President Obama has made his second major address on the Middle East and North Africa. We hear how he wants the US to adapt to changes brought on by the so-called Arab Spring. Also, Dominique Strauss-Kahn resigns as head of the International Monetary Fund. On Reporter's Notebook, from the FCC to NBC Universal: another case of Washington's revolving door?
FROM THIS EPISODE
Speaking in Cairo two years ago, President Obama called for a "new beginning" in the Muslim Middle East based on "respect" and "mutual interest." Today, he said the so-called "Arab Spring" requires yet another "new chapter in American diplomacy," and he promised economic help to facilitate democracy. Once again, he criticized Israeli settlements. For the first time, he said a Palestinian state should be based on 1967 boundaries. Did he achieve the goal of a sweeping survey of a complex region? Can he revive American influence? We hear a variety of opinions.
Meredith Attwell Baker says Comcast never approached her about its takeover of NBC Universal while she was a member of the FCC , though a few months after she voted to approve the deal, she's now at work as a lobbyist for the new company. That's raised a lot of eyebrows. As a regulator, whose interests did she have in mind? Amy Schatz covers the Federal Communications Commission for the Wall Street Journal.
Amy Schatz, Wall Street Journal
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Sifting through the ashes: Cleanup and questions after the fires Wildfire is all too familiar in the Golden State, but last week's record-setting blazes in Northern California left behind something new — more property damage over a wider area with more human casualties than ever before. We hear about likely causes, the struggle to clean up and the possibility of prevention.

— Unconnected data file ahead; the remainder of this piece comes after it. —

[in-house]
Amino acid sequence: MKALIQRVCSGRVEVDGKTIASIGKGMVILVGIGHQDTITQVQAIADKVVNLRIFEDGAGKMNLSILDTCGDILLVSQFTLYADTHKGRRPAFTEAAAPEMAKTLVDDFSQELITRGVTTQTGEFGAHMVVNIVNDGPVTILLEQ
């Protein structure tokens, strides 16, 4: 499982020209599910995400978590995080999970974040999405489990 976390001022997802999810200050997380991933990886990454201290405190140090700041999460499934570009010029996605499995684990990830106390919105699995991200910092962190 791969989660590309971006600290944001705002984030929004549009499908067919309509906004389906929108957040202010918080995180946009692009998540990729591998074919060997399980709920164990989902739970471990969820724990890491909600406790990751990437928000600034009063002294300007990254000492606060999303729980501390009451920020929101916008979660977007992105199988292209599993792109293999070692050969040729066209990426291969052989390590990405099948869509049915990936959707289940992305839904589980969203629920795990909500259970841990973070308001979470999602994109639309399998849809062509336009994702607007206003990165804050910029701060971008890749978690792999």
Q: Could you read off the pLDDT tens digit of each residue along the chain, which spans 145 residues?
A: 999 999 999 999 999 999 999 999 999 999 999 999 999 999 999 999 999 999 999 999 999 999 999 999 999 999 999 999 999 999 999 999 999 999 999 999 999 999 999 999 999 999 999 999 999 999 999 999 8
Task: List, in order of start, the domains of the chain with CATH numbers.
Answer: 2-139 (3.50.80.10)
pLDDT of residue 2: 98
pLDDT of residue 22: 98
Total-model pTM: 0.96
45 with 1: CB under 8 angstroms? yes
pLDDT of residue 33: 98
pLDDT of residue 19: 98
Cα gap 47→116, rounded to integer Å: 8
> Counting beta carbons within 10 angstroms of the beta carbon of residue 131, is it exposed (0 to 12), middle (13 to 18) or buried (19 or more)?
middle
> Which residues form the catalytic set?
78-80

Political dueling and the future of the ACA Uncertainty about the fate of Obamacare grows by the day, with key factors including bipartisanship in the Senate, opposition deeper than ever in Congress -- and a president who veers from one side to the other. We talk with Maryland's attorney general and others about what's at stake from the state house to the doctor's office.
Will the NFL find common ground on national anthem protests? National Football League team owners are meeting today to craft a unified message about political protest. Men and women athletes in other sports are protesting too. We hear how one man's refusal to stand for the flag has demonstrated the inseparable relationship between sports and politics.
Author Masha Gessen on the appeal of Putin and Trump Masha Gessen was born in Russia but emigrated with her parents to the United States. She returned in the early 1990s when political change was afoot. And since then, she’s become a leading observer - and critic - of Russian president Vladamir Putin. She fled Russia again in 2013. In this special podcast, Warren Olney talks with Gessen about her new book, The Future Is History: How Totalitarianism Reclaimed Russia .
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